The Racing Game ‘Forza Horizon 4’ Is Basically a Car Junkie’s Valhalla

The meticulous detailing, variety of available cars and emphasis on the driving experience have already landed the game a shelf of accolades.
October 10, 2018
6 mins read

The fall season is in full swing. Leaves are changing colors, a crisp chill lingers in the morning air and you wrap your hands around your coffee mug to keep warm. As of Oct. 2, you can now add “Forza Horizon 4” to the list of all things that make fall great: burning rubber over leaf-covered roads, smashing your car through cobblestone walls and taking part in action-packed races, all while exploring a virtual Great Britain throughout the four seasons.

The newest edition to the “Forza Horizon” series, named second best game of the year according to Forbes, is a beautiful addition to the “Forza” franchise as a whole. “Forza Horizon” is a unique racing game series in that it combines the gameplay styles of realistic simulation track games that “Forza” is typically known for and action racing games much like “Need For Speed” or “Burnout.” “Forza Horizon” has done an amazing job balancing these two very different racing game styles in one unique experience that provides the possibility for a driving challenge as well as the thrill of smashing through trees and bumping other cars out of the way without penalization. On top of all that, it’s a completely free-roaming game.

The free-roam aspect of “Forza Horizon” is a major key to the game’s appeal. The freedom to explore a virtual landscape designed to be driven through by some of the most powerful cars in the world is a racing gamer’s dream.

Official races and challenges of the “Horizon” festival are spread out across the map in a way that practically forces you to experience the hundreds of different roads, off-road terrain and miles of endless driving possibilities.

So that’s the “Forza Horizon” series in a nutshell, but what makes “Forza Horizon 4” different from the previous three games? As someone who loves racing games and has played most of the “Forza” games since “Forza Motorsports 2,” I understand that it can be hard to notice changes between these particular games as new ones release.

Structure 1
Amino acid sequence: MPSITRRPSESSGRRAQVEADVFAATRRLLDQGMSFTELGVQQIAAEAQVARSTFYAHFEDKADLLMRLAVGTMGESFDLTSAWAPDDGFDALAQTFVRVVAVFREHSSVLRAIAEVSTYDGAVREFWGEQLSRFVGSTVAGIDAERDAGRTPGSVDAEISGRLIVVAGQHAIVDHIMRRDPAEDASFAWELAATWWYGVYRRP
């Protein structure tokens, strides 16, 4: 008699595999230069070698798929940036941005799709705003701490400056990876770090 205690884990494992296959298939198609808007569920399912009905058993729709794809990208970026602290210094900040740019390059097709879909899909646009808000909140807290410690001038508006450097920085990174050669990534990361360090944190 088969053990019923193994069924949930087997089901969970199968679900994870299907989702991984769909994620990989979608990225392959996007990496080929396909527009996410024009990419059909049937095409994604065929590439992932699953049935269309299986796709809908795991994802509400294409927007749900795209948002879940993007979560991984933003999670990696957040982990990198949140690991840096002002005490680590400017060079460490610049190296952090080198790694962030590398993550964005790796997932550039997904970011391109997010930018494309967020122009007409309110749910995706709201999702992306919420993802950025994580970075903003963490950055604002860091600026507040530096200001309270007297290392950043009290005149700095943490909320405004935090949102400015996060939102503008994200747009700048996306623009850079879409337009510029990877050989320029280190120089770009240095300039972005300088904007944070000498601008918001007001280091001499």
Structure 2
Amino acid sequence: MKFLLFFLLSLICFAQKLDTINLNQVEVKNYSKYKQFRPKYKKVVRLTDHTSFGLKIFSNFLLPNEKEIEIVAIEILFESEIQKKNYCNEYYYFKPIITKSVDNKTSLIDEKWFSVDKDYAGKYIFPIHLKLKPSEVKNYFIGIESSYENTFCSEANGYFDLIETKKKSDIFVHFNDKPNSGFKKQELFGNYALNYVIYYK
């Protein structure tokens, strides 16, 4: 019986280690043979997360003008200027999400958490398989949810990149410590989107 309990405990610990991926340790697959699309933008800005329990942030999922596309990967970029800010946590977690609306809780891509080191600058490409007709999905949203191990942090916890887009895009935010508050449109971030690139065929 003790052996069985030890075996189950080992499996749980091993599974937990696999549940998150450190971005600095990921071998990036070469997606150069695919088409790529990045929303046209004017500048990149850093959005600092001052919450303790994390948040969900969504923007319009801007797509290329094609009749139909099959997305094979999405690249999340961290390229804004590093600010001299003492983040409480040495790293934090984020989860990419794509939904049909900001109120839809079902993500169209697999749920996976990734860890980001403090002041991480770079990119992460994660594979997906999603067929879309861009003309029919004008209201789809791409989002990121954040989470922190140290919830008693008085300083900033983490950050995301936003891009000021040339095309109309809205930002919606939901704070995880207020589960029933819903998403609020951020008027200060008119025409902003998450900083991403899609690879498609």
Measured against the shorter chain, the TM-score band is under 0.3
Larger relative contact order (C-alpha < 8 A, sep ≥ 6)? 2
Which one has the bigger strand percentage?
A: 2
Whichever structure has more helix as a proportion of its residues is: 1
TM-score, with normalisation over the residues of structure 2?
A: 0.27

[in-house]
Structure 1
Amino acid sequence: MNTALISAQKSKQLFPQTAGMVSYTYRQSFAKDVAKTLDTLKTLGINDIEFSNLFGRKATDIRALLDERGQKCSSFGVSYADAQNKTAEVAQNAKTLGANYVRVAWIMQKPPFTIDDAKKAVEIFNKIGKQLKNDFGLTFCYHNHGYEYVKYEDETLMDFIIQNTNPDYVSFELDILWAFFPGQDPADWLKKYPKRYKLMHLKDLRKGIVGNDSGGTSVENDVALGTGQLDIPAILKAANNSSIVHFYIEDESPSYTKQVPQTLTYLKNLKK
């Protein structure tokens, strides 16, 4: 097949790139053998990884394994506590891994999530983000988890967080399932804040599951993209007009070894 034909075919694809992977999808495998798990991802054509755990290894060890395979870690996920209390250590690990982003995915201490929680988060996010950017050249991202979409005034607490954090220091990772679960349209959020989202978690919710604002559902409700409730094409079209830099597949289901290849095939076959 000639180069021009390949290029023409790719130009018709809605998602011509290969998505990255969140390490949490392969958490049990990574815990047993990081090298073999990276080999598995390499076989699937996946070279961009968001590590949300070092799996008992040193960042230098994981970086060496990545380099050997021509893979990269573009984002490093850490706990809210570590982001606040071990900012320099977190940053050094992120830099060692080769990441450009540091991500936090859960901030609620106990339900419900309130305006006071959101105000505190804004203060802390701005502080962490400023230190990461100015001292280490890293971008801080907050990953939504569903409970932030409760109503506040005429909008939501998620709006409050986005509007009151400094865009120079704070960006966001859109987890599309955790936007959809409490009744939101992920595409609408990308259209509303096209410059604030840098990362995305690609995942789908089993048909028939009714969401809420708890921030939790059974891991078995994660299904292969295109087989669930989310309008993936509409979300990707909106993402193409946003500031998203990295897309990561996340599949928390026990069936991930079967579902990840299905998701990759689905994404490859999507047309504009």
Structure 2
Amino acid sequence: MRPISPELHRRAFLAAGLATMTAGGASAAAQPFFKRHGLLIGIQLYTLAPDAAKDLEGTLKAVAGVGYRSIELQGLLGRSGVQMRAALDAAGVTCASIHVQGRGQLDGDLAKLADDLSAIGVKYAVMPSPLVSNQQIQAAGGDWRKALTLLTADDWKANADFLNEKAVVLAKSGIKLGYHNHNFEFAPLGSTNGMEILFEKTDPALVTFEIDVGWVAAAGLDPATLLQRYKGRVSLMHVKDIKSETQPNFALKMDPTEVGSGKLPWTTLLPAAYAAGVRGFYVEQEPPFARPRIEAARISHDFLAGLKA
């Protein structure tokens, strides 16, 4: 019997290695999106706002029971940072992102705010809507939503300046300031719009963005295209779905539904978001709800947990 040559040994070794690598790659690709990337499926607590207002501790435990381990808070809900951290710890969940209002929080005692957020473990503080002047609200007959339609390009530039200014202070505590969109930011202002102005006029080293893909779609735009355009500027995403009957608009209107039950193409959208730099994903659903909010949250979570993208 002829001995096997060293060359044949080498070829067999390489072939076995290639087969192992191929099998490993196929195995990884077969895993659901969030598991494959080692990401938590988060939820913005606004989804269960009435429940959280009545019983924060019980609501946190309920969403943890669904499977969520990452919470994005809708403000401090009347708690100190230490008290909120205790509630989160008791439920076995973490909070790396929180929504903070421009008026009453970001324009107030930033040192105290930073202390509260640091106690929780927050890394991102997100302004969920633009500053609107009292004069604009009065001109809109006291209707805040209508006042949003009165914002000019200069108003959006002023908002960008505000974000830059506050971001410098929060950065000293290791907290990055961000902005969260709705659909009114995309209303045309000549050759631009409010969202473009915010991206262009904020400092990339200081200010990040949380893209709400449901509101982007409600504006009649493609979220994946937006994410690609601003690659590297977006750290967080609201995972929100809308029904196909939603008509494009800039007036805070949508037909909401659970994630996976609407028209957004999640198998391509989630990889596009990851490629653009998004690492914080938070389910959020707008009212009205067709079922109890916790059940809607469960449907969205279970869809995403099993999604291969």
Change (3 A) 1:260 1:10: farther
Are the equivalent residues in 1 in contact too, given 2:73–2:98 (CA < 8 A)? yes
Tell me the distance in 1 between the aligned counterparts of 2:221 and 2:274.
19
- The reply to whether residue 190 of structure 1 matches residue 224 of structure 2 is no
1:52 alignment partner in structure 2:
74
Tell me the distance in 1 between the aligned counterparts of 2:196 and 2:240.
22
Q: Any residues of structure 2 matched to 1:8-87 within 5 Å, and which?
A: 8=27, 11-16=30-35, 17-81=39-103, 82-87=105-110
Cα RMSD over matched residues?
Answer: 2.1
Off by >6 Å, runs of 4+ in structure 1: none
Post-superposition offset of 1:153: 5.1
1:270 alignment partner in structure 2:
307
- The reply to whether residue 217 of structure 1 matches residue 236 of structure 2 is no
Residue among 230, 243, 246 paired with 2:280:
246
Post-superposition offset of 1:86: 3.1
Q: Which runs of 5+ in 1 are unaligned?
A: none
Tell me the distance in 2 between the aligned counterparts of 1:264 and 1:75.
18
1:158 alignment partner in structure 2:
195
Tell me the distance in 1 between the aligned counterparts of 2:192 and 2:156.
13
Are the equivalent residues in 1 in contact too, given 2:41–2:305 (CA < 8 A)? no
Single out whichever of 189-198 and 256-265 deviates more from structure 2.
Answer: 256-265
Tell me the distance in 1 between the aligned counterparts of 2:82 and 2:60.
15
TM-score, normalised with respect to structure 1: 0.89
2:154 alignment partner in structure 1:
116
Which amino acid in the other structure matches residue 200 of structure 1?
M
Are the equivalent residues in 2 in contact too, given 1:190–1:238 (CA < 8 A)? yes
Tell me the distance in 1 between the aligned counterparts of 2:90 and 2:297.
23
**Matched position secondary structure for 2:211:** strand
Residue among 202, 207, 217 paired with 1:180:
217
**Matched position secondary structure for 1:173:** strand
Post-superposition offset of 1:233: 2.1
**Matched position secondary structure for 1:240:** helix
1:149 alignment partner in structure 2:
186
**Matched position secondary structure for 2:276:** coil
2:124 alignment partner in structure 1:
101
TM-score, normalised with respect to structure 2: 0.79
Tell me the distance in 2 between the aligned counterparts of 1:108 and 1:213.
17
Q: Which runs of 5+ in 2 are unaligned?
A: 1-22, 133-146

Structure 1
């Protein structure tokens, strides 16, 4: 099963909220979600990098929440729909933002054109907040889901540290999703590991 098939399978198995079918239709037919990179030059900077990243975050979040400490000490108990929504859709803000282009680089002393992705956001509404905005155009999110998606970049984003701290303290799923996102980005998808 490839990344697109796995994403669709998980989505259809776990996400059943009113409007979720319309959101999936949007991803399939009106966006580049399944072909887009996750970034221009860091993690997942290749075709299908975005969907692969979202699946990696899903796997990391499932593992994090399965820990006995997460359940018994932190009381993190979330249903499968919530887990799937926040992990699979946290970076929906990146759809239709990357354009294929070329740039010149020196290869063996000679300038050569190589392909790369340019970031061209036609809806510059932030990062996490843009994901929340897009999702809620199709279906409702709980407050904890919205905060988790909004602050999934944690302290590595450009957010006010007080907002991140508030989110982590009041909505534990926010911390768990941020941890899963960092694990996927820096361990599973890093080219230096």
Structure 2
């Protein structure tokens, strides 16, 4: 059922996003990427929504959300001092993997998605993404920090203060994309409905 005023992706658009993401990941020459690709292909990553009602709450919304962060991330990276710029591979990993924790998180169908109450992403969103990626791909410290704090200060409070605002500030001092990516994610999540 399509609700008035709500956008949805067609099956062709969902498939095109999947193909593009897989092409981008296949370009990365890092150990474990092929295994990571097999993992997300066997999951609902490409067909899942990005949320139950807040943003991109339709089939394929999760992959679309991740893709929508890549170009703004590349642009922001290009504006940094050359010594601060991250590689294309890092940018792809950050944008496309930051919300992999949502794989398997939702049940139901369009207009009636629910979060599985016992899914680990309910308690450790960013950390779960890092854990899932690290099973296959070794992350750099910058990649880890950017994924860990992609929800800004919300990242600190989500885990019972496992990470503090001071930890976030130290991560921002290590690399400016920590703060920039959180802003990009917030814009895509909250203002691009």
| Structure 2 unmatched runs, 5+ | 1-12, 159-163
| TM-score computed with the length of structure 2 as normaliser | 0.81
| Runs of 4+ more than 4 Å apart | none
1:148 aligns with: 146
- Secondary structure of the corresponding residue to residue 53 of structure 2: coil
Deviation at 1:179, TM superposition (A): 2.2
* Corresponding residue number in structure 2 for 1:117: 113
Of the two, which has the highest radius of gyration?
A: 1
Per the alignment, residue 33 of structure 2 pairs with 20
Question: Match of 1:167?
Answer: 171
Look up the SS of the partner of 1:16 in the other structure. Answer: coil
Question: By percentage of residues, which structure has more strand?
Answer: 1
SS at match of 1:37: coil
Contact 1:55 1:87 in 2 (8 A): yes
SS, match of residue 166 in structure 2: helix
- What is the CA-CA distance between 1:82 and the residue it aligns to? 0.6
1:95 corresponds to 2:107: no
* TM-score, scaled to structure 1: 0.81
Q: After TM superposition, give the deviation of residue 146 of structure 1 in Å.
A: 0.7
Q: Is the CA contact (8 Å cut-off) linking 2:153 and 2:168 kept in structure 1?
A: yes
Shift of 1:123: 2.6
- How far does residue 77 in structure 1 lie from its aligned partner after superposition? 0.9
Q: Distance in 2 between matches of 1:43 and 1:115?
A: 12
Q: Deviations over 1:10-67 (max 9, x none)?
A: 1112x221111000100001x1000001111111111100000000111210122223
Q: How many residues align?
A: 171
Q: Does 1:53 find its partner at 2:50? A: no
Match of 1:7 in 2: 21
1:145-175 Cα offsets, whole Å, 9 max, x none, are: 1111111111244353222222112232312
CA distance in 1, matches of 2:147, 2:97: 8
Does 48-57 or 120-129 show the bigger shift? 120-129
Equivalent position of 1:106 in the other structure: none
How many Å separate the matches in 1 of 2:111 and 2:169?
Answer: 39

In terms of core gameplay, it’s all the same. If you can play any “Forza” game, or really any racing game for that matter, you can definitely play this one without having to acclimate yourself much at all. Now obviously it will depend on your preferred difficulty settings, but the driving physics and mechanics are pretty much the same as every “Forza Horizon” game before.

The premise of “Forza Horizon 4” is also the synonymous to the others. You start out as a newbie driver in the “Horizon” festival and must win events in order to gain enough respect and experience to eventually rise to the very top, becoming the champion of the festival. Yes, it’s formulaic, and if you want something with a unique storyline you’re not going to find that in this game, simply because that’s not the point of the series. It’s really all about the driving.

The meticulously created graphics put the game’s experience rating over the top. (Image via Stevivor)

But, man, if this isn’t one of the most beautiful looking games I’ve ever played, I don’t know what is. The sheer amount of detail put into the cars is nearly overwhelming. You can nearly see every ray of light reflecting off a Ford Focus’s glossy pane as shadows zoom over the car’s livery from each individual, overhanging leaf. And that’s just the exterior.

Switch into first-person view, and inside your car is an equally impressive attention to detail, mimicking almost exactly the interior of the real world model: the leather on the steering wheel looks soft to touch, the LED lights on the dash cast just the right amount of ambient glow and even the pesky glare on the windshield all contribute to that feeling of sitting directly in the driver’s seat, speeding through Great Britain at 100 miles per hour.

Another unique aspect to “Forza Horizon 4” is the changing of the seasons. At the start of the game, you join the “Horizon” festival during the summer, and after winning races and advancing to more events, you unlock the fall season, and so on. This isn’t just a fun little quirk that just changes the look of the environment; it legitimately keeps you on your toes, forcing you to drive in virtually any possible conditions.

In the summer, the road is dry and hot, perfect for pushing the pedal to the metal without a care in the world. Then the fall comes, and the track is wet, the trails muddy and you have to quickly learn how to drive your car sideways in the rain. You can probably already imagine what the winter looks like: sliding across icy roads and even frozen ponds to the finish line.

All in all, I think this game earns its spot as Forbes’s second-best game of the year just because of the visual realism and changing environment, but it also has one of the largest selections of cars in “Horizon” history. With over 750 cars to choose from and even more customization opportunities, “Forza Horizon 4” has endless driving possibilities. The game offers everything from a Honda Civic to 32 different types of Ferraris, so the range of vehicles truly is impressive.

At first you might think that the latest addition to the “Forza Horizon” series is just like all the others, and in many ways it is, but after experiencing the graphic beauty, changing seasons and limitless driving possibilities, you’ll come to realize that “Horizon” is not just the festival that never ends, but a surreal dream that you never want to wake up from.

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